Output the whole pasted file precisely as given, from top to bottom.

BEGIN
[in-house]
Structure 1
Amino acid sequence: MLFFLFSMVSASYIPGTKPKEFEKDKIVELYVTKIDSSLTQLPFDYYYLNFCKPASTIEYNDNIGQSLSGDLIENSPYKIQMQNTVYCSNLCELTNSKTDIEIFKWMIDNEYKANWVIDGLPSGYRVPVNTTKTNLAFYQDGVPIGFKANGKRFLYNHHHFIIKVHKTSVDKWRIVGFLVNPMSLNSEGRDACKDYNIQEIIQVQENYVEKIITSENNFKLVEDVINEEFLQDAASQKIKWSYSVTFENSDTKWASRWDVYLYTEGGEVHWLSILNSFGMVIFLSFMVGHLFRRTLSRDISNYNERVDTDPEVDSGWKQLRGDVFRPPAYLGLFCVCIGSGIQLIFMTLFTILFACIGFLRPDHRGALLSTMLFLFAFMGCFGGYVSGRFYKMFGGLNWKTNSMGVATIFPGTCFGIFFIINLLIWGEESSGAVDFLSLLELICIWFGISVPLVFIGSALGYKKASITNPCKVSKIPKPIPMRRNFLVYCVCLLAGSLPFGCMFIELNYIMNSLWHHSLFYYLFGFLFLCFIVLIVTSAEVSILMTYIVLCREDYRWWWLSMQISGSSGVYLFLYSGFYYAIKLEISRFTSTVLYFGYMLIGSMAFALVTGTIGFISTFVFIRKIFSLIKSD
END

[in-house]
Structure 1
Amino acid sequence: MLFFLFSMVSASYIPGTKPKEFEKDKIVELYVTKIDSSLTQLPFDYYYLNFCKPASTIEYNDNIGQSLSGDLIENSPYKIQMQNTVYCSNLCELTNSKTDIEIFKWMIDNEYKANWVIDGLPSGYRVPVNTTKTNLAFYQDGVPIGFKANGKRFLYNHHHFIIKVHKTSVDKWRIVGFLVNPMSLNSEGRDACKDYNIQEIIQVQENYVEKIITSENNFKLVEDVINEEFLQDAASQKIKWSYSVTFENSDTKWASRWDVYLYTEGGEVHWLSILNSFGMVIFLSFMVGHLFRRTLSRDISNYNERVDTDPEVDSGWKQLRGDVFRPPAYLGLFCVCIGSGIQLIFMTLFTILFACIGFLRPDHRGALLSTMLFLFAFMGCFGGYVSGRFYKMFGGLNWKTNSMGVATIFPGTCFGIFFIINLLIWGEESSGAVDFLSLLELICIWFGISVPLVFIGSALGYKKASITNPCKVSKIPKPIPMRRNFLVYCVCLLAGSLPFGCMFIELNYIMNSLWHHSLFYYLFGFLFLCFIVLIVTSAEVSILMTYIVLCREDYRWWWLSMQISGSSGVYLFLYSGFYYAIKLEISRFTSTVLYFGYMLIGSMAFALVTGTIGFISTFVFIRKIFSLIKSD